Man died in mo­bil­ity scooter rollover

Mercury (Hobart) - - NEWS - AM­BER WIL­SON

AN in­tel­lec­tu­ally dis­abled Tas­ma­nian man died from a brain haem­or­rhage fol­low­ing an ac­ci­dent on his mo­bil­ity scooter last year, a coro­ner has found.

Keith Thomas Ste­wart, who also suf­fered Tourette syn­drome, os­teoarthri­tis and con­ges­tive car­diac fail­ure, was rid­ing his scooter with­out a hel­met in July last year when he lost con­trol of the ve­hi­cle and it rolled, throw­ing him on to the road.

The 73-year-old, who lived in a unit op­po­site the Bea­cons­field District Health Ser­vice af­ter his par­ents passed away, died three days later at Launce­s­ton Gen­eral Hos­pi­tal.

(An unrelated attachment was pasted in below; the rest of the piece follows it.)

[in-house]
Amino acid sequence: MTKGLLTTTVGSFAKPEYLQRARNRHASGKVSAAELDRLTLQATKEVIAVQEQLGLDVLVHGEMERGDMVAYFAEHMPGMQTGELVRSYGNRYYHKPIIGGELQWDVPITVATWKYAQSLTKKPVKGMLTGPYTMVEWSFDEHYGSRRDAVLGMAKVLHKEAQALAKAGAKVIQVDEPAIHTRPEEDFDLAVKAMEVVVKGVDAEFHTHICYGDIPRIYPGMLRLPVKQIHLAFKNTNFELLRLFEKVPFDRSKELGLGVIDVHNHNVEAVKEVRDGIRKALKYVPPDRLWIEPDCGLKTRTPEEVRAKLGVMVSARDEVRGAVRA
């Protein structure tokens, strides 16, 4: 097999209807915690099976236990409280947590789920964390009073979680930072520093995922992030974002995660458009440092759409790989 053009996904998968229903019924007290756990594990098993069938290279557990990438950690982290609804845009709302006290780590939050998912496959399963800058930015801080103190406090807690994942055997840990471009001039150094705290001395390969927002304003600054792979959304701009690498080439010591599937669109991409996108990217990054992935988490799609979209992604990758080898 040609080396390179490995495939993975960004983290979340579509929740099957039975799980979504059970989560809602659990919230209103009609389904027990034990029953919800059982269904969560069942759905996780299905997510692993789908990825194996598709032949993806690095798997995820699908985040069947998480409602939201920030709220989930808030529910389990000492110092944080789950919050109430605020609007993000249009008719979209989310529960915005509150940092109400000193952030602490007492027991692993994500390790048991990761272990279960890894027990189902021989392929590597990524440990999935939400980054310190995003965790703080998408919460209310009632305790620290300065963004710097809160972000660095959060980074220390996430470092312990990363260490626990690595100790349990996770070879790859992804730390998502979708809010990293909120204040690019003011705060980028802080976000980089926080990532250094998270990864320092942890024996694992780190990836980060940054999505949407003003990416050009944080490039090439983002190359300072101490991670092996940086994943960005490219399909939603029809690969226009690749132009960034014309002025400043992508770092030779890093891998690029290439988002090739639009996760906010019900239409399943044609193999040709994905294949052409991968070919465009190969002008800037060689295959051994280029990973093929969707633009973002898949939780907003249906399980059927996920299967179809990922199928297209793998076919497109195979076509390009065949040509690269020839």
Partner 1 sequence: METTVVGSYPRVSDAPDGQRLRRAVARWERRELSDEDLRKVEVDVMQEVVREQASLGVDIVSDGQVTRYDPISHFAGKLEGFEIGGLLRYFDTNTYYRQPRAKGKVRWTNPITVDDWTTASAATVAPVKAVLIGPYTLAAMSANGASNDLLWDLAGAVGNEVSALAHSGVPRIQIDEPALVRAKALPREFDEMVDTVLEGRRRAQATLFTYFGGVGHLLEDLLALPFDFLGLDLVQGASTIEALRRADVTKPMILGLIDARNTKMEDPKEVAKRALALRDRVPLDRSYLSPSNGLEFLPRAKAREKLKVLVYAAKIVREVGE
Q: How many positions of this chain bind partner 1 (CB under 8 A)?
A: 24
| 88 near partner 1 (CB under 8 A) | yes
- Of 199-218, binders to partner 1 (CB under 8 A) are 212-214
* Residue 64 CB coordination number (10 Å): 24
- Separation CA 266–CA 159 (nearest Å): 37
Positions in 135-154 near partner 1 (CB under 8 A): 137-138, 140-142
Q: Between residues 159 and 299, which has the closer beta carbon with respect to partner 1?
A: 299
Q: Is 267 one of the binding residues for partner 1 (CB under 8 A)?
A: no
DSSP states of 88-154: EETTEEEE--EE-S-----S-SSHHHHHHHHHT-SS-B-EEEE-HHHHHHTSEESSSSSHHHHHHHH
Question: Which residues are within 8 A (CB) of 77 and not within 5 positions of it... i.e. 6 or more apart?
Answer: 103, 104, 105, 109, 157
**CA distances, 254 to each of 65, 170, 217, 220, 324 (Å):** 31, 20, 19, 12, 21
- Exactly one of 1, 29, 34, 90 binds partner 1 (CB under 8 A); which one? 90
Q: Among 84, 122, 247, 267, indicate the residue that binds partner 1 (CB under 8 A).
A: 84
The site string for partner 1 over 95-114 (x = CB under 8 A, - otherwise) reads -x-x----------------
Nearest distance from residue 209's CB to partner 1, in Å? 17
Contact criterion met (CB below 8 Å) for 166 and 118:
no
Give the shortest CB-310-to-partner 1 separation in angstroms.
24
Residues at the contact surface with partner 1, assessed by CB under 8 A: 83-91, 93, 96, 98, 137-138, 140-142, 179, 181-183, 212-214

In his find­ings re­leased this week, Coro­ner Simon Cooper said Mr Ste­wart had used his scooter safely for sev­eral years be­fore the ac­ci­dent.

He added Mr Ste­wart fol­lowed a set of “Keith’s Rules for Scooter Use” in­clud­ing that he wear a high-vis­i­bil­ity vest and a hel­met, nav­i­gate to the flat­test path­ways pos­si­ble and not go out­side a 50km/h or 60km/h zone.

On the day of his death, Mr Ste­wart trav­elled “rather fast” at a speed be­tween 27km/h to 29km/h.

When he was as­sisted by a nurse, Mr Ste­wart mut­tered words to her about hav­ing “pressed the wrong pedal”.

“Mr Ste­wart dis­en­gaged the gear lock on the scooter and free­wheeled down the drive­way, en­abling it to build up speed,” Mr Cooper said.

Al­though Mr Ste­wart died from a head in­jury, a pathol­o­gist noted he also suf­fered con­ges­tive heart fail­ure.

Mr Cooper said it was “cer­tainly pos­si­ble” Mr Ste­wart may not have died if he had been wear­ing a hel­met.

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